Promoting Entrepreneurship in Education

The world is full of successful entrepreneurs who were told in school that they would never amount to anything. So many people succeed ‘in spite of their education’ instead of ‘because of it’ tells us not only that the current system is broken, but gives us a yardstick to measure progress towards something better. When entrepreneurship finds its place in mainstream education, we might actually be getting somewhere and, to be honest, we’re not about to wait.
Promoting Entrepreneurship in Education

It's hardly news to anyone that many successful entrepreneurs “dropped out” of formal education. Their stories keep the clicks coming, and high-profile figures from Henry Ford to Mark Zuckerberg consistently personify the famous Mark Twain quote “I have never let my schooling interfere with my education”. 

It must be said that for every Richard Branson, there are 10,000 whose business never made it out of the basement and 100,000 who never learned to believe in themselves at all. Why have schools let down so many of us? Why do we allow this idea of “success” in such narrow terms to obscure what value creation actually is? Why is the term entrepreneurial too often tied explicitly with pure commercialism, and entrepreneurship is left out in education and learning environments until the Business Schools step in? 

Entrepreneurship can teach mainstream education a whole lot

Mainstream education has been very much missing the point. Entrepreneurial thinking is within projects, companies, in communities, in charities and public bodies. It may be called intrapreneurship or social entrepreneurship or whatever the next thing might be, but the core skills set and mindset remain essentially the same. If the education system explored and embedded entrepreneurship, well before university level, how might things change?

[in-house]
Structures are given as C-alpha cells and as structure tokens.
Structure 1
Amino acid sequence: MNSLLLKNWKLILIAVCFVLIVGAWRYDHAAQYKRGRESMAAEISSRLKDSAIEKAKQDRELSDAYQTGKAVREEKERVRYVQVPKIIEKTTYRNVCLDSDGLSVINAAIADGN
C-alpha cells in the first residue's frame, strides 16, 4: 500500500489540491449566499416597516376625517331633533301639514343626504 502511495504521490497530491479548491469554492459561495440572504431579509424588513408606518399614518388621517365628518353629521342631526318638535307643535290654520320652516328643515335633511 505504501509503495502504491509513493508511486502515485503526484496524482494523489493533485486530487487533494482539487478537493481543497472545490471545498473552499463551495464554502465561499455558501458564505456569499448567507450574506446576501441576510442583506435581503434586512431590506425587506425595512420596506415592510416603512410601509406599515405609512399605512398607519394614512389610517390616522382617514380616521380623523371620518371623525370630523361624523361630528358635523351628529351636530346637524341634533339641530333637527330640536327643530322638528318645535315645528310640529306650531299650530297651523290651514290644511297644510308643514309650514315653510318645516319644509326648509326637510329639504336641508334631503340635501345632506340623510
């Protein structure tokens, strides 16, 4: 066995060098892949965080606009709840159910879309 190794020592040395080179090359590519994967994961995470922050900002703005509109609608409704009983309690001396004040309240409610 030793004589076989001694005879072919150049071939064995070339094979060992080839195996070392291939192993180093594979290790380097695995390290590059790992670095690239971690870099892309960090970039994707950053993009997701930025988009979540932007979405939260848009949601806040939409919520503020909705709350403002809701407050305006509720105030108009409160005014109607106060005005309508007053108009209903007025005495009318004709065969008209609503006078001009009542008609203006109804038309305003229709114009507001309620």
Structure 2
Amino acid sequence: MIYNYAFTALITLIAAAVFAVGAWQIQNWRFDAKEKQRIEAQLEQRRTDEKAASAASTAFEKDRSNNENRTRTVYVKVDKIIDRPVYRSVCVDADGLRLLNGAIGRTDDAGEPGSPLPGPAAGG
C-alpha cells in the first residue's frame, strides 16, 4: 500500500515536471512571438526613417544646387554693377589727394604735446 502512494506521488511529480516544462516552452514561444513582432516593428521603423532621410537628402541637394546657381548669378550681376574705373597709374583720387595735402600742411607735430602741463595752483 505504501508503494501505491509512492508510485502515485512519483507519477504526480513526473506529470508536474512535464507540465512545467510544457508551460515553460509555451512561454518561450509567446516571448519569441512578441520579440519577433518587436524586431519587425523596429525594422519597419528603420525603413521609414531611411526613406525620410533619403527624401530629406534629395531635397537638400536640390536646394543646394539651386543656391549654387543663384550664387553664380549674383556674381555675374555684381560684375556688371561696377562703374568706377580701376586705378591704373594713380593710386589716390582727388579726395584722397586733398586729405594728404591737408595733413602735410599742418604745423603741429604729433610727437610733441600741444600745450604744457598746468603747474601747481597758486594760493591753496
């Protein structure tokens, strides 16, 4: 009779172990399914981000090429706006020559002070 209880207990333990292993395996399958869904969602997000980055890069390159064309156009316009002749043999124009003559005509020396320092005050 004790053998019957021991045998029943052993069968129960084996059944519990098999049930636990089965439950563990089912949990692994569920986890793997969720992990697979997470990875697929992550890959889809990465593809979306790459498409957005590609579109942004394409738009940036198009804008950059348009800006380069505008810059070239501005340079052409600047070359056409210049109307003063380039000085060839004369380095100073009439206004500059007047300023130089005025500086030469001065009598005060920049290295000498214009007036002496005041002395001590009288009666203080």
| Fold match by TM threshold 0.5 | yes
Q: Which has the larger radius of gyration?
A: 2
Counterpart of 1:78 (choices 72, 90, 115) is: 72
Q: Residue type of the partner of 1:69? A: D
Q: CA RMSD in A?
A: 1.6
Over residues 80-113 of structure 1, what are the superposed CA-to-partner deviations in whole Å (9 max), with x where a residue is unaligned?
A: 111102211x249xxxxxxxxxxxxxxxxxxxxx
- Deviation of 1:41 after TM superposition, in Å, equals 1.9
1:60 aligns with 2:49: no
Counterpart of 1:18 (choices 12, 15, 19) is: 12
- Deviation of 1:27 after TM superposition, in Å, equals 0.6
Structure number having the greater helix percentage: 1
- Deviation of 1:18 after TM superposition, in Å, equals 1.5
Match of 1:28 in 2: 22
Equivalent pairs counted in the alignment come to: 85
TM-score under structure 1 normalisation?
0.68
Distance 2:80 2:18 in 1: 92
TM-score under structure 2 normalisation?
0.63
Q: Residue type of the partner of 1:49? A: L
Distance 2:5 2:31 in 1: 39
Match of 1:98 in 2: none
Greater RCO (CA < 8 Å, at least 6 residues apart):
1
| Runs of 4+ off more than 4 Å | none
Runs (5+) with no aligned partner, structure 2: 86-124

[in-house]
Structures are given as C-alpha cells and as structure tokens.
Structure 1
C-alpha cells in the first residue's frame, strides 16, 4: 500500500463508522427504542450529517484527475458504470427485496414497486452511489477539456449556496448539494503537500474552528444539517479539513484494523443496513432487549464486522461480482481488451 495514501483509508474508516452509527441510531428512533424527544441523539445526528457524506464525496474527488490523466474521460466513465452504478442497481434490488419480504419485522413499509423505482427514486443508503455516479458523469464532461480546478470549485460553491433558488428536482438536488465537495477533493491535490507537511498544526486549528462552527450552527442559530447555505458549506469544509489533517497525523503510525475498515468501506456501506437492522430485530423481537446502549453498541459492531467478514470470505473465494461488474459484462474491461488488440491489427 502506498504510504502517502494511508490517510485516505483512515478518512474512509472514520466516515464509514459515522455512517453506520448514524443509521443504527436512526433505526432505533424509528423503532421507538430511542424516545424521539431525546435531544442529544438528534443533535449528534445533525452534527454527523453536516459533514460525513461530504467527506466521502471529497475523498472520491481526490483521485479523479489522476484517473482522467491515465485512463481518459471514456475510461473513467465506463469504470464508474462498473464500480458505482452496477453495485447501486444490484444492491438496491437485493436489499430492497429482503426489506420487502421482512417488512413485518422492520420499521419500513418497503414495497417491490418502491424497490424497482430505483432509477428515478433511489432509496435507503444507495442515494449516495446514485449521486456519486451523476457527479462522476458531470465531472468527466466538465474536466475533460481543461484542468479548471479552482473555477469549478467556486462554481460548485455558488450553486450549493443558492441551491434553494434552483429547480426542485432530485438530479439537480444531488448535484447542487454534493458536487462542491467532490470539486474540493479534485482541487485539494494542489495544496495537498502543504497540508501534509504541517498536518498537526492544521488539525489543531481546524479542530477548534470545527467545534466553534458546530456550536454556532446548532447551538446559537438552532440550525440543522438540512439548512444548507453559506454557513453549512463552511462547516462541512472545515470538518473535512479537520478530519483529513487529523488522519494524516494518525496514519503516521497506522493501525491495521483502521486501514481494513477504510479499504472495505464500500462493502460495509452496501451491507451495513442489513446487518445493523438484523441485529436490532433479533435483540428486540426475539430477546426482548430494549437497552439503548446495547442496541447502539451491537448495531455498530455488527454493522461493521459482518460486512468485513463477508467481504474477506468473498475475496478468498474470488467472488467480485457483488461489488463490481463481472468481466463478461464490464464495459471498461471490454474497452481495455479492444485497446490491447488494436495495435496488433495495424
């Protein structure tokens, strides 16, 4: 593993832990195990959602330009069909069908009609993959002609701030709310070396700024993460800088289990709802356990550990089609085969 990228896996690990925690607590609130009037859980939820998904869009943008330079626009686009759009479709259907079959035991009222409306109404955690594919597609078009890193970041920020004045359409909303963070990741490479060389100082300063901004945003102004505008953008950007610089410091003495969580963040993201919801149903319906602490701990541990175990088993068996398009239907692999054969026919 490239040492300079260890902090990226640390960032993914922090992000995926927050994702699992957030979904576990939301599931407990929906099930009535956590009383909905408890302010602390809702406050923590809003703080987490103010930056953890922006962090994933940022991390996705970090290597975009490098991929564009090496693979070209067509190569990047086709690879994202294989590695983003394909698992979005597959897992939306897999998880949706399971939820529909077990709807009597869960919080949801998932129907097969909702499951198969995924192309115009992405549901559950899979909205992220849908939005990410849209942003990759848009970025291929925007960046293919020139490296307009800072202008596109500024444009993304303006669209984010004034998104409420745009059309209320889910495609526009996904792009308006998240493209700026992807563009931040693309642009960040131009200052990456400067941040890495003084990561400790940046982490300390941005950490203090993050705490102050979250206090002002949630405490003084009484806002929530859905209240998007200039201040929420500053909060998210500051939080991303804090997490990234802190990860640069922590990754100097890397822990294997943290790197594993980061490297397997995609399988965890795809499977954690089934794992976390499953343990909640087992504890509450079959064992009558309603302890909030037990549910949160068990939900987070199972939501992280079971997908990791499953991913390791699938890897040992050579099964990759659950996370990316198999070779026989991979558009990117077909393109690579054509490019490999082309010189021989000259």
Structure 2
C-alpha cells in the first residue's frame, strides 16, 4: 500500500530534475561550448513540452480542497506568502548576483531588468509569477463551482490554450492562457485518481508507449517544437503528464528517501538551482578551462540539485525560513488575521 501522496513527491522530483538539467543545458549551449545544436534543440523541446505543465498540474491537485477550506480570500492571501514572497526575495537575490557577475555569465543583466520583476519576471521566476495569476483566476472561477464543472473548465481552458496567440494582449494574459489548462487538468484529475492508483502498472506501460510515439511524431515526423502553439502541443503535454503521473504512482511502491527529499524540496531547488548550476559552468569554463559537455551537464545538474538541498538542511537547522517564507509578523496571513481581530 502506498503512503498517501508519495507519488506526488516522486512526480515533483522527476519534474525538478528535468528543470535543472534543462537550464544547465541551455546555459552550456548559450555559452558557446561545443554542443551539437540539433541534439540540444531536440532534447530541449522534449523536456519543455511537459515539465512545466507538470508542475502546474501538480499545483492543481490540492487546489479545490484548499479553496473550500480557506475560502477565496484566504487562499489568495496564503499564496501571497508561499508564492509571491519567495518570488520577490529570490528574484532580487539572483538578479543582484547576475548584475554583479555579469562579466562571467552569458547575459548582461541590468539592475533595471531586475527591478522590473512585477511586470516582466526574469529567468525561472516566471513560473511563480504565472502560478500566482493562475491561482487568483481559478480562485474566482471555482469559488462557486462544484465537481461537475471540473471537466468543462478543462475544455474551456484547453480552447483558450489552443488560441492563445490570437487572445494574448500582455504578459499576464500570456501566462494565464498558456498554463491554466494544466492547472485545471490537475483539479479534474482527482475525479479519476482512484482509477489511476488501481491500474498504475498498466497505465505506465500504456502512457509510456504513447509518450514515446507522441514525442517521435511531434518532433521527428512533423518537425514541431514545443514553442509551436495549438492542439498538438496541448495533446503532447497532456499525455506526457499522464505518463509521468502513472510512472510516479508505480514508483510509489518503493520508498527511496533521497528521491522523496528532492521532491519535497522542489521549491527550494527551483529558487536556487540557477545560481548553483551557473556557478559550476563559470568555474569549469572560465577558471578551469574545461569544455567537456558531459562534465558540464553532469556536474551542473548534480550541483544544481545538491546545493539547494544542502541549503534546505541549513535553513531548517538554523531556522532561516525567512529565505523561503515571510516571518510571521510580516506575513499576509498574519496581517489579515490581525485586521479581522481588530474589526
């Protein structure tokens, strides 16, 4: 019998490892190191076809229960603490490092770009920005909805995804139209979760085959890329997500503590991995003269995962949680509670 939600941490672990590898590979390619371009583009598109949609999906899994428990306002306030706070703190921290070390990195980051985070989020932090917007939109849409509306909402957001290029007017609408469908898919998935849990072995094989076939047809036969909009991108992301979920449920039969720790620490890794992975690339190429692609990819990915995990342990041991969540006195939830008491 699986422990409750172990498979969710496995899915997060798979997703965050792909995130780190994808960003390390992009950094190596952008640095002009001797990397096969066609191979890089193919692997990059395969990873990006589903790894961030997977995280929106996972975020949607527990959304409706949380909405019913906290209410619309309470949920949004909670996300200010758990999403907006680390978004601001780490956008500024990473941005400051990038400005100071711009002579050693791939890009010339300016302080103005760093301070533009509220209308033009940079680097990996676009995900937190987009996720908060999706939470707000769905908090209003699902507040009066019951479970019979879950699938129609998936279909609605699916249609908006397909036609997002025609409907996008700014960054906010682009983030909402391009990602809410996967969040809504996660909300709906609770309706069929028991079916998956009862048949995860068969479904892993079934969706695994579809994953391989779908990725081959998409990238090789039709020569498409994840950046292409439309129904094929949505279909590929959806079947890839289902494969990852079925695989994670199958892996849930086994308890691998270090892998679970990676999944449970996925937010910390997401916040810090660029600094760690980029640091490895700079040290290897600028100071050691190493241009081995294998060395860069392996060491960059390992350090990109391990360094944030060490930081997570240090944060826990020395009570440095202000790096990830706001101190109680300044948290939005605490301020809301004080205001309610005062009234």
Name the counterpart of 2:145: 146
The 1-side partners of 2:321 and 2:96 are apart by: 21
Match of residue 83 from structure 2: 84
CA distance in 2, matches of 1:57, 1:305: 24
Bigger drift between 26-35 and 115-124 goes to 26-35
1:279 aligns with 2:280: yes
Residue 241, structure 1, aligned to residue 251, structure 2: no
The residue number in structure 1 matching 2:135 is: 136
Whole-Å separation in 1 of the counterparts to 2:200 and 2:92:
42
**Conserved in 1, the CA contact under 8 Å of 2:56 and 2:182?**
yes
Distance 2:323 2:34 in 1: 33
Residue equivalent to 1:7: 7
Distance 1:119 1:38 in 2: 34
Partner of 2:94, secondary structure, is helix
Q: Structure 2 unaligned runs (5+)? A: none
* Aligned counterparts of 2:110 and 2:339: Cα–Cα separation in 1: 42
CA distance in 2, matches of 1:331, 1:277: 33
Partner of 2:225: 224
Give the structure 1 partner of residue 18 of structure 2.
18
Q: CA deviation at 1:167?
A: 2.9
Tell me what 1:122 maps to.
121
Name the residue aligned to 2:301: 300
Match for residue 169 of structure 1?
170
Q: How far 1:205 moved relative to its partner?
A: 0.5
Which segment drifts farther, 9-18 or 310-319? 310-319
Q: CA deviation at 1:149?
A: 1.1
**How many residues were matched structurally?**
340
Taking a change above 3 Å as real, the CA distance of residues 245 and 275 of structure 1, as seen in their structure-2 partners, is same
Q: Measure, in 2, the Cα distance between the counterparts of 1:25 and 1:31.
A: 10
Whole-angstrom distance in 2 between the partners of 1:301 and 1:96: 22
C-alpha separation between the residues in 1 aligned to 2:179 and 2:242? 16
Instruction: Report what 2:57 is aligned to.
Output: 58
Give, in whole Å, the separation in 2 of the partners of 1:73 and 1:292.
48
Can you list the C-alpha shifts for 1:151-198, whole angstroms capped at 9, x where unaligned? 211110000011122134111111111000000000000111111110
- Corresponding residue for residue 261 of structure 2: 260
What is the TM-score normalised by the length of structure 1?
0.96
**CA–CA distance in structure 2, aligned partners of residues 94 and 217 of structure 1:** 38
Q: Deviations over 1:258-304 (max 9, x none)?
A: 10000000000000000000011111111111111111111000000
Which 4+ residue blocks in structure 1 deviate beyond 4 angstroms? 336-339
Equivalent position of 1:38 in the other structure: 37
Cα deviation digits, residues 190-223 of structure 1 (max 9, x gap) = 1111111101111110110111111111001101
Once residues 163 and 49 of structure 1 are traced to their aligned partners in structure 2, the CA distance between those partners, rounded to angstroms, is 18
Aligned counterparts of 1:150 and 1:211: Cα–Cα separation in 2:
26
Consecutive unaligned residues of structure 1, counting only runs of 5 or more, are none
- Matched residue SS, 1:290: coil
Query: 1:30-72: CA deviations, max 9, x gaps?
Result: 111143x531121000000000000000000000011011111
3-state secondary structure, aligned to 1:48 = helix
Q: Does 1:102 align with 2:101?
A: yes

Readers may very well be nodding heads at the idea that the skills which got them where they are today, were not developed at school, or at least, not in the classroom. The “F” on that assignment did not mean fail forward or find another way. Learning in lockstep with others, regardless of the rich diversity in every learning environment, was not the way to find your pace, passion and purpose. 

The risks were externally motivated, as were the successes; pass or fail determining your next spin of the wheel. Contact with the “real world” was simulated, feedback was about effort and never direction, and always handed down to you, rather than elicited from you. You learned to write 1000 words minimum in the world of the elevator pitch and the 1900 character InMail.  

Embracing uncertainty, iteration, collaboration, cognitive flexibility, creativity, self-reflection, and failing forward- these are all things that the changemakers in education are now starting to promote as essential skills and abilities. Entrepreneurship in its broadest sense has been associated with these things for well over 30 years. So why aren’t schools embracing entrepreneurship in education and as an important skill in every student?

We need more than a Minimum Viable Product